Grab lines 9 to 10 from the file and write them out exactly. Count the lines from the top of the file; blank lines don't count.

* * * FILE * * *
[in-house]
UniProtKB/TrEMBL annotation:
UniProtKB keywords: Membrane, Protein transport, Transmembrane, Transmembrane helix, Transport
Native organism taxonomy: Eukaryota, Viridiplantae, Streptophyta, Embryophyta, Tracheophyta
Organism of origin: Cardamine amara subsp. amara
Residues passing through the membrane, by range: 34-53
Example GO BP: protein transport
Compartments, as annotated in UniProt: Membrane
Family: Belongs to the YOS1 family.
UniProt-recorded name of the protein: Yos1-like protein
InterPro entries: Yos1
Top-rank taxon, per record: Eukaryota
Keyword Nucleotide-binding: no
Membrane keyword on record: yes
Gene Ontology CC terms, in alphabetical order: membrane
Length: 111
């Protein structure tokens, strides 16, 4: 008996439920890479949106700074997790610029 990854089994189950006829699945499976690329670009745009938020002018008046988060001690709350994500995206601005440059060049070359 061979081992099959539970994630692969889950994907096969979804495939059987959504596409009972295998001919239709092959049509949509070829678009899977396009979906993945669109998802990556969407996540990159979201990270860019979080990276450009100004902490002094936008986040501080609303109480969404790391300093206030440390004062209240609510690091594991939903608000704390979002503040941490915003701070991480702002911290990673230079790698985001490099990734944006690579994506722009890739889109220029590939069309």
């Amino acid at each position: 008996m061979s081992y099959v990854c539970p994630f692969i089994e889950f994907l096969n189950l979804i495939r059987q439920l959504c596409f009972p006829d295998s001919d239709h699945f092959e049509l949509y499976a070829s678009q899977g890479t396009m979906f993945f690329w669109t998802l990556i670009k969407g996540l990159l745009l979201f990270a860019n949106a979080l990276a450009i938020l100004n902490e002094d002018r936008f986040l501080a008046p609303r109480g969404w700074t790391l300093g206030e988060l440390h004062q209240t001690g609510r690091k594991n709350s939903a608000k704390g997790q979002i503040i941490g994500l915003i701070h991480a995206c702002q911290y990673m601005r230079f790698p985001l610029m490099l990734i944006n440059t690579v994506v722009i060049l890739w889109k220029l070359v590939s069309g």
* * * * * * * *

Family: Belongs to the YOS1 family.
UniProt-recorded name of the protein: Yos1-like protein